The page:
Sunday, March 26, 2017

Can birds perceive rhythmic patterns?

The specific question whether animals can detect regularity in a stimulus and synchronize their own behavior to arbitrary rhythmic patterns got sudden attention with the discovery of Snowball, a sulphur-crested cockatoo that could synchronize head and body movements with the beat in several popular songs (see earlier entry). Parrots, such as Snowball, are vocal learners and vocal learning is associated with evolutionary modifications to the basal ganglia, which play a key role in mediating a link between auditory input and motor output during learning. As such linkage between auditory and motor areas in the brain is also required for beat induction, Patel suggested that only vocal learning species might be able to show beat induction. However, further studies have shown the picture to be more complicated (see earlier entry) and this calls for a re-examination of the link between vocal learning and beat perception and induction. While zebra finches (vocal learners) are able to discriminate a regular isochronous from an irregular stimulus (Van der Aa et al., 2015), this discrimination was strongly reduced with tempo transformations (changing rate, but not the regularity of the stimulus). Zebra finches seem to attend strongly to specific local features of the individual stimuli (e.g. the exact duration of time intervals) rather than the overall regularity of the stimuli, which was the main feature human listeners attended to (Van der Aa et al., 2015).

Figure 3 from Ten Cate et al. (2016)
In a recent paper (Ten Cate et al., 2016) we review the available experimental evidence for the perception of regularity and rhythms by birds, like the ability to distinguish regular from irregular stimuli over tempo transformations and report data from new experiments. While some species show a limited ability to detect regularity, most evidence suggests that birds attend primarily to absolute and not relative timing of patterns and to local features of stimuli. We conclude that, apart from some large parrot species, there is limited evidence for beat and regularity perception among birds and that the link to vocal learning is unclear. We next report experiments in which zebra finches and budgerigars (both vocal learners) were first trained to distinguish a regular from an irregular pattern of beats and then tested on various tempo transformations of these stimuli. The results showed that both species reduced the discrimination after tempo transformations. This suggests that, as was found in earlier studies, they attended mainly to local temporal features of the stimuli, and not to their overall regularity. However, some individuals of both species showed an additional sensitivity to the more global pattern if some local features were left unchanged. Altogether our study indicates both between and within species variation, in which birds attend to a mixture of local and global rhythmic features. van der Aa, J., Honing, H., & ten Cate, C. (2015). The perception of regularity in an isochronous stimulus in zebra finches (Taeniopygia guttata) and humans Behavioural Processes, 115, 37-45 DOI: 10.1016/j.beproc.2015.02.018 ten Cate, C., Spierings, M., Hubert, J., & Honing, H. (2016). Can Birds Perceive Rhythmic Patterns? A Review and Experiments on a Songbird and a Parrot Species Frontiers in Psychology, 7 DOI: 10.3389/fpsyg.2016.00730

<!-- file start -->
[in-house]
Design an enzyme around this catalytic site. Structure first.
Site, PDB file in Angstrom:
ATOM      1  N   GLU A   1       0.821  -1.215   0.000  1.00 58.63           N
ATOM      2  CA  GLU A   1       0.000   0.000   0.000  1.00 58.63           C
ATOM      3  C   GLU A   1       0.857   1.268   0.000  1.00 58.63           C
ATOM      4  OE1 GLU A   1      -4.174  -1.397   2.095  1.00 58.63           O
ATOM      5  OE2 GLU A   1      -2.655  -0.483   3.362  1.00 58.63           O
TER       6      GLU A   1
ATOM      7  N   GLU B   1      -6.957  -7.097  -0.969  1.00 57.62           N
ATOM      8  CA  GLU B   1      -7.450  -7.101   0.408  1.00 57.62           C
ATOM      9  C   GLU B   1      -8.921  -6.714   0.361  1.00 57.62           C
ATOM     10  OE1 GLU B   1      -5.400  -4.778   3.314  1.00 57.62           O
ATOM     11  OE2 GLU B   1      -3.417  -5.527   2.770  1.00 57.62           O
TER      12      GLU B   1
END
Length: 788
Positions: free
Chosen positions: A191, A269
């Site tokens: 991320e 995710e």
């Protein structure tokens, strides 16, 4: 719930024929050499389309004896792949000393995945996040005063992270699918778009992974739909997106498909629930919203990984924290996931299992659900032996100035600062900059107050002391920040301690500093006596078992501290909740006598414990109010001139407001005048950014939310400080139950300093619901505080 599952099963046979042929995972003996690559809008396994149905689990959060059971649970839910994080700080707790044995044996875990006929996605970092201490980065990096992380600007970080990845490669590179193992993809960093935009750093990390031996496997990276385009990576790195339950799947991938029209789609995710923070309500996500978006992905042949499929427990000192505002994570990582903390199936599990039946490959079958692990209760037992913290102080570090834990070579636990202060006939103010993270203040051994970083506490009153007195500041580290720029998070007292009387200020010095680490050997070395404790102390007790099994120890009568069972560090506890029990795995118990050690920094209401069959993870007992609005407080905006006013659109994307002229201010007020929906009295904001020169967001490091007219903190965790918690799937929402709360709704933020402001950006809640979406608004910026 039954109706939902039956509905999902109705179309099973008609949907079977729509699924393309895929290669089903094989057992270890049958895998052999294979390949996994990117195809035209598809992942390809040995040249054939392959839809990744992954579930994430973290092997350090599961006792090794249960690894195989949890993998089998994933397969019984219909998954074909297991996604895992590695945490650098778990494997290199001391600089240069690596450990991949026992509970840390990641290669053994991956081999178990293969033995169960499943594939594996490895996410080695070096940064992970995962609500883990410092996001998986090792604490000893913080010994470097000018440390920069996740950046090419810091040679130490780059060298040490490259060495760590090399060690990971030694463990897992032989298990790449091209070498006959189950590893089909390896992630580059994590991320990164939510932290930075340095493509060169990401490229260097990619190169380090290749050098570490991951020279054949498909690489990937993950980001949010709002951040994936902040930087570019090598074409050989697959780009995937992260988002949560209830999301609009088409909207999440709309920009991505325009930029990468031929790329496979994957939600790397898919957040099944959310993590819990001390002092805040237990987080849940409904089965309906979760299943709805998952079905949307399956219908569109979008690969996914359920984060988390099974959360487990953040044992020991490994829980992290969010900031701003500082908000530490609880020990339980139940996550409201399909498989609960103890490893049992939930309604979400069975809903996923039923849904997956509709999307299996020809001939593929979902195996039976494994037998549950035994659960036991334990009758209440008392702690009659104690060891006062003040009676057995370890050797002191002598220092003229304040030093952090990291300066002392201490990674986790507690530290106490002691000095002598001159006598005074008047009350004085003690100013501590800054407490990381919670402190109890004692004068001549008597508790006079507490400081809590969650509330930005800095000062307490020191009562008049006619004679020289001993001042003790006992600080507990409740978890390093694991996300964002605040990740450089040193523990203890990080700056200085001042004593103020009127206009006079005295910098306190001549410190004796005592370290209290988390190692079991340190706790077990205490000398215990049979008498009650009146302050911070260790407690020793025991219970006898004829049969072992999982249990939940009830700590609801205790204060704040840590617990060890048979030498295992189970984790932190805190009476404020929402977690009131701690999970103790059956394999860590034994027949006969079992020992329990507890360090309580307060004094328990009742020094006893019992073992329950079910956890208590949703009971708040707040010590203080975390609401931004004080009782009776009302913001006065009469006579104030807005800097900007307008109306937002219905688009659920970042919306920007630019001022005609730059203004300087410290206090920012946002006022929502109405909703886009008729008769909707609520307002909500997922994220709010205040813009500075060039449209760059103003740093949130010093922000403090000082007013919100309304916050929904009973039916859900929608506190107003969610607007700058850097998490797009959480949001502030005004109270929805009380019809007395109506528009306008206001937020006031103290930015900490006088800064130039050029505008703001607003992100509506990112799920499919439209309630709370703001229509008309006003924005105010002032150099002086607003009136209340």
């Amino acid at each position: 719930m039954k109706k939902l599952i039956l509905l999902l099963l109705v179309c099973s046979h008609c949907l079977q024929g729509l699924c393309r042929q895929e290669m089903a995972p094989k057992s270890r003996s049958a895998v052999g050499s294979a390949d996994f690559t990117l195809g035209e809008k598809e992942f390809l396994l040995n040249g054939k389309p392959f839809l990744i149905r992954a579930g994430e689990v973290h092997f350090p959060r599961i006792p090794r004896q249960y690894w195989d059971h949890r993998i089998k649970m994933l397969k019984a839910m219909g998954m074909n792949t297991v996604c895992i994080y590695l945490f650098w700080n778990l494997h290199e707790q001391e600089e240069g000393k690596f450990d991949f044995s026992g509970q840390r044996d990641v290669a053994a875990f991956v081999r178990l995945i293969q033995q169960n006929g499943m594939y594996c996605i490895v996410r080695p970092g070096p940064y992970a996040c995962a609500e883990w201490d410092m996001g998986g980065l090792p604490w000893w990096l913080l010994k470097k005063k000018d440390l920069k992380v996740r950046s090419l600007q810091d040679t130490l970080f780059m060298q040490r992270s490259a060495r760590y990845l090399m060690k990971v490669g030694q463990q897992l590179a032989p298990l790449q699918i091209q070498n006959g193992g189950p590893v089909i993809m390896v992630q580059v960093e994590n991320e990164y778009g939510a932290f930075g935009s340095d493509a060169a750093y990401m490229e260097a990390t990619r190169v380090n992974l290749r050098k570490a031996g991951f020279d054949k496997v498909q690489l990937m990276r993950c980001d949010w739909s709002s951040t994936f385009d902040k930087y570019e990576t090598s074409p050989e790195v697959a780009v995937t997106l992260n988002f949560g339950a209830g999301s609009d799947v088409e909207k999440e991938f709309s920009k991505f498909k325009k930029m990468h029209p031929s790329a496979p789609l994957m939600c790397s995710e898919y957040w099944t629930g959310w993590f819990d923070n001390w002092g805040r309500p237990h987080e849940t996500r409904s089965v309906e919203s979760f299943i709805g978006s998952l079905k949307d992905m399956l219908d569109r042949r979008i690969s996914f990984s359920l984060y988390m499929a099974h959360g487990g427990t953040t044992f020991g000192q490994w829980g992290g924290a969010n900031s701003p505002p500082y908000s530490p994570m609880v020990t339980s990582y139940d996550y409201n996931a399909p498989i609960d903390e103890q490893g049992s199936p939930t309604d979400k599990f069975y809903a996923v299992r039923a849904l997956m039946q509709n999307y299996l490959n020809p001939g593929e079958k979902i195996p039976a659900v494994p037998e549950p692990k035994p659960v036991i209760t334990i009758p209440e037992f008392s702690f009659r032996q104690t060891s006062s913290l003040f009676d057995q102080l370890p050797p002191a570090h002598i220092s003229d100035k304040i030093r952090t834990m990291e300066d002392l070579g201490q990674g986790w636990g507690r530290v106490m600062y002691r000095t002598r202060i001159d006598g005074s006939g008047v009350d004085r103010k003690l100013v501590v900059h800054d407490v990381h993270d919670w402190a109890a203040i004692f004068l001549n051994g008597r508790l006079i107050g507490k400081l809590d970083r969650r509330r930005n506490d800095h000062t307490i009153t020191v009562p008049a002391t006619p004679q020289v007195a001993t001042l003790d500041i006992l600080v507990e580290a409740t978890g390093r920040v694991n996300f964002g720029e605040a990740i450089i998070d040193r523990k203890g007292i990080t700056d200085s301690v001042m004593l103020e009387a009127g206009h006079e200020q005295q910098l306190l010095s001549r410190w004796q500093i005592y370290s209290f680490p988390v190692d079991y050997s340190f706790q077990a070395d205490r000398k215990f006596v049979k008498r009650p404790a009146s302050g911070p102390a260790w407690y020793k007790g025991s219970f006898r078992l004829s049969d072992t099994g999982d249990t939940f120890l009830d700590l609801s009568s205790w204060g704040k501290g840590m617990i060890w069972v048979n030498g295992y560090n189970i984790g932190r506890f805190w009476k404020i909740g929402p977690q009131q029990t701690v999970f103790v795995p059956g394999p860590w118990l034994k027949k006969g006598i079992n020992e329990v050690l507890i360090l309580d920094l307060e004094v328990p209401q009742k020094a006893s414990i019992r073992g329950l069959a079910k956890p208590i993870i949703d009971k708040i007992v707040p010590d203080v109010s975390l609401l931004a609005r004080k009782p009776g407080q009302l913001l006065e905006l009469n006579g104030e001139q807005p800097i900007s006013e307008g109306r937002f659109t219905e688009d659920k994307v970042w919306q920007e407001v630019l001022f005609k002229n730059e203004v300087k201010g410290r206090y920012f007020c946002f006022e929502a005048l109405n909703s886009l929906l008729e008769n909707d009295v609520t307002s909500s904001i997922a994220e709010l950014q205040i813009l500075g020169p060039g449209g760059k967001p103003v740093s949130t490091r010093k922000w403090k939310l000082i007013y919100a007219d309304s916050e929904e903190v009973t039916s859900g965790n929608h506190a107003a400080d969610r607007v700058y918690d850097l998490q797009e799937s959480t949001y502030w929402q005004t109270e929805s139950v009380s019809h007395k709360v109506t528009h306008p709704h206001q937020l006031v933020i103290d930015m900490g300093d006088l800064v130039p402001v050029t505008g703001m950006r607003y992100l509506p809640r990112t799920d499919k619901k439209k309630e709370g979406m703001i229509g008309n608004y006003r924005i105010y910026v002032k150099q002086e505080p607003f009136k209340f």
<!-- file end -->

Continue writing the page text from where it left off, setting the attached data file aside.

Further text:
Sunday, March 05, 2017

Degelijk stemadvies? [Dutch]

In het partijprogramma van de Vrijzinnige Partij staat de volgende curieuze zin:
"Een vrijzinnig geluid is een zuiver geluid. [..] Muziek is goed voor de gezondheid van de mens, maar dan wel met de goede natuurlijke grondtoon van 432 Hz."
Wat klopt daar van? Kan een stemtoon natuurlijk zijn? Wanneer is muziek vals? En waarom vinden mensen dat zo belangrijk?

Waar de één het verschil tussen 10 trillingen per seconden weet te relativeren, heeft het voor een ander een genadeloze impact. (For a discussion in English, see here and here.)

Zie website Kostgangers en iTunes.

Update: 2 maart 2017
Hilarisch verslag in de Volkskrant: "Vrijzinnige Partij: verlaag de grondtoon, deze wekt verdeeldheid en agressie op"

Wednesday, March 01, 2017

Want to know more about human musicality?

Cover of The Scientist, Vol. 31, Issue 3 on Music
Some quotes from the March issue of The Scientist dedicated to the topic of music and musicality:
Music’s universality in humans, combined with its fundamental social and cultural roles, is convincing evidence to some that our musicality is adaptive.
Are musical tendencies the prod­uct of culture, or have they evolved along with our abilities to produce and process music?
If these properties are absent in some cultures, they can’t be strictly determined by something in the biology
See the full issue here.